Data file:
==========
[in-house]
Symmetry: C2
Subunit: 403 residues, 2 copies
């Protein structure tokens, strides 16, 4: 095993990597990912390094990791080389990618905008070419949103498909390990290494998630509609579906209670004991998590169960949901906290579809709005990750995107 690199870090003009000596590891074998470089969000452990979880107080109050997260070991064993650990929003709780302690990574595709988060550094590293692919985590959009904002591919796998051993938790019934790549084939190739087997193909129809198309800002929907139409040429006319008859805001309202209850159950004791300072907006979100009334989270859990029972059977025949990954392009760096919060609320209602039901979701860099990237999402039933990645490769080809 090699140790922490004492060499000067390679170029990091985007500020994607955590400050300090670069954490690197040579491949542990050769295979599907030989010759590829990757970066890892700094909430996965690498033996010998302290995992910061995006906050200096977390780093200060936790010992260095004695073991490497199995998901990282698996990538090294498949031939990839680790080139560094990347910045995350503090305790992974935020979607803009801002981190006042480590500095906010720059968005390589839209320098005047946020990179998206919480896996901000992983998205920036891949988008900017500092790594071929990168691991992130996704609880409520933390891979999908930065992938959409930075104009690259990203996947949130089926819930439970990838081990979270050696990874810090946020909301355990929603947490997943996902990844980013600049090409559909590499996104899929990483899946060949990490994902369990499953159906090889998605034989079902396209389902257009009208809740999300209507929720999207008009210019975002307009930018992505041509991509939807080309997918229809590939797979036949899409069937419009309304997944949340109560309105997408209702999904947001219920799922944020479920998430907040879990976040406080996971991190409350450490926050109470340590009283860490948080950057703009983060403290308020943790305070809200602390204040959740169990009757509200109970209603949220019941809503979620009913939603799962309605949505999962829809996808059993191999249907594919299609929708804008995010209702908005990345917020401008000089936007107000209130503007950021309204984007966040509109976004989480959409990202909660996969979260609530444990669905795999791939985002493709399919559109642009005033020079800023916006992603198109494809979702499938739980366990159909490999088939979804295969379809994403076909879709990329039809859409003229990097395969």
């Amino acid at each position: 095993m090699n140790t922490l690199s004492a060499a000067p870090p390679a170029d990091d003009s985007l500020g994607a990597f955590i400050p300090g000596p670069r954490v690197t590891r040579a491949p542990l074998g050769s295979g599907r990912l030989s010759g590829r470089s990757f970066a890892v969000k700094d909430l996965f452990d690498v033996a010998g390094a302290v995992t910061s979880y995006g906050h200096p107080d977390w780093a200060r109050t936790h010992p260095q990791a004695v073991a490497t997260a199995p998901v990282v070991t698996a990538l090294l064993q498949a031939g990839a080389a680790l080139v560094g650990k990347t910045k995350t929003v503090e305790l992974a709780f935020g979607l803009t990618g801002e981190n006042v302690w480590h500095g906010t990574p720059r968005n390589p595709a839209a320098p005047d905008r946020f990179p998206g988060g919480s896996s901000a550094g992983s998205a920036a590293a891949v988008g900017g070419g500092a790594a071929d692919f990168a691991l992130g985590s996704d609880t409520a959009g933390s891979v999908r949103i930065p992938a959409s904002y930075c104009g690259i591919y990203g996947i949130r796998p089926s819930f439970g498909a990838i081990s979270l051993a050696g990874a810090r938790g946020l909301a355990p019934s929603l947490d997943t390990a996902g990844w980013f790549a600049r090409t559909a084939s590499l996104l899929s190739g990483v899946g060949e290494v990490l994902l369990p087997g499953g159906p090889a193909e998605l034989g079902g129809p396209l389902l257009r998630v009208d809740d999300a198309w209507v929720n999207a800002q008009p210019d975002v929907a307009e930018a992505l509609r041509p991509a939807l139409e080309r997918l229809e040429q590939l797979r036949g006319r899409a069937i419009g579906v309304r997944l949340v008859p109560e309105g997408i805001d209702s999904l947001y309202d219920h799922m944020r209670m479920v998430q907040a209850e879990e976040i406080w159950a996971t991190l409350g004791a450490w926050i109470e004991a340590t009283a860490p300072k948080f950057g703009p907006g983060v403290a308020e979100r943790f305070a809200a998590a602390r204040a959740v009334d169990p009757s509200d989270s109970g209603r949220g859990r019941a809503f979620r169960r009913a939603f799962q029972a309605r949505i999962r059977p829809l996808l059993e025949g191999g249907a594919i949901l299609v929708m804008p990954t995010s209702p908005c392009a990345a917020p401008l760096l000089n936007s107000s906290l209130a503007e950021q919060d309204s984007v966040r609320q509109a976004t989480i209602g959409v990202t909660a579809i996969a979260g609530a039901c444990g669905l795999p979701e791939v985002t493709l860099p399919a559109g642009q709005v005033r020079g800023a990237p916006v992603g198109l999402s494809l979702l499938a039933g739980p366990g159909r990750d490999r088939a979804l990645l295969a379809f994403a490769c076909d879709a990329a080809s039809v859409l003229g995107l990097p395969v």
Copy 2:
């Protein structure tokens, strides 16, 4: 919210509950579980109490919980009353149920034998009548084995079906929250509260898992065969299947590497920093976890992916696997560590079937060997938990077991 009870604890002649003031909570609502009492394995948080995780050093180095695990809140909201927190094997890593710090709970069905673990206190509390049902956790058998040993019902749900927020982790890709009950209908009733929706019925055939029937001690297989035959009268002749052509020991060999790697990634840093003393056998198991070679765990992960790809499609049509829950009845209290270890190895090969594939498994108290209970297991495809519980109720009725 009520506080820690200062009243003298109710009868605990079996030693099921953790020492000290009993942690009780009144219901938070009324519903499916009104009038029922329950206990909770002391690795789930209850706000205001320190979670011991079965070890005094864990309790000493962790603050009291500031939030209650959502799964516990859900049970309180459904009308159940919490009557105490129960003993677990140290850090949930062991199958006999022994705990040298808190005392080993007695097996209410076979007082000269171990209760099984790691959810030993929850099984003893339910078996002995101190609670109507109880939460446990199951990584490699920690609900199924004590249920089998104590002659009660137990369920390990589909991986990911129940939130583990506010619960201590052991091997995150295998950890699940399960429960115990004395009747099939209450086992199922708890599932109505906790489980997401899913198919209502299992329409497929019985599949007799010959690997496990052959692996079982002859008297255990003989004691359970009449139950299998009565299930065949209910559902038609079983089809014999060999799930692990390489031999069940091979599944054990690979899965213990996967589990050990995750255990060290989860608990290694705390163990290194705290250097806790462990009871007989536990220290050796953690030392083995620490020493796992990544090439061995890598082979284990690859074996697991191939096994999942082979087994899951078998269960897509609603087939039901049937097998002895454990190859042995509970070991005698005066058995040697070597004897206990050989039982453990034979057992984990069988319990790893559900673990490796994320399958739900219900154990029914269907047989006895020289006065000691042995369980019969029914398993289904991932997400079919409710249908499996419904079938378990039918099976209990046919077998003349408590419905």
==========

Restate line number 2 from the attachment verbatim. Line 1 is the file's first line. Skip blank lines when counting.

Symmetry: C2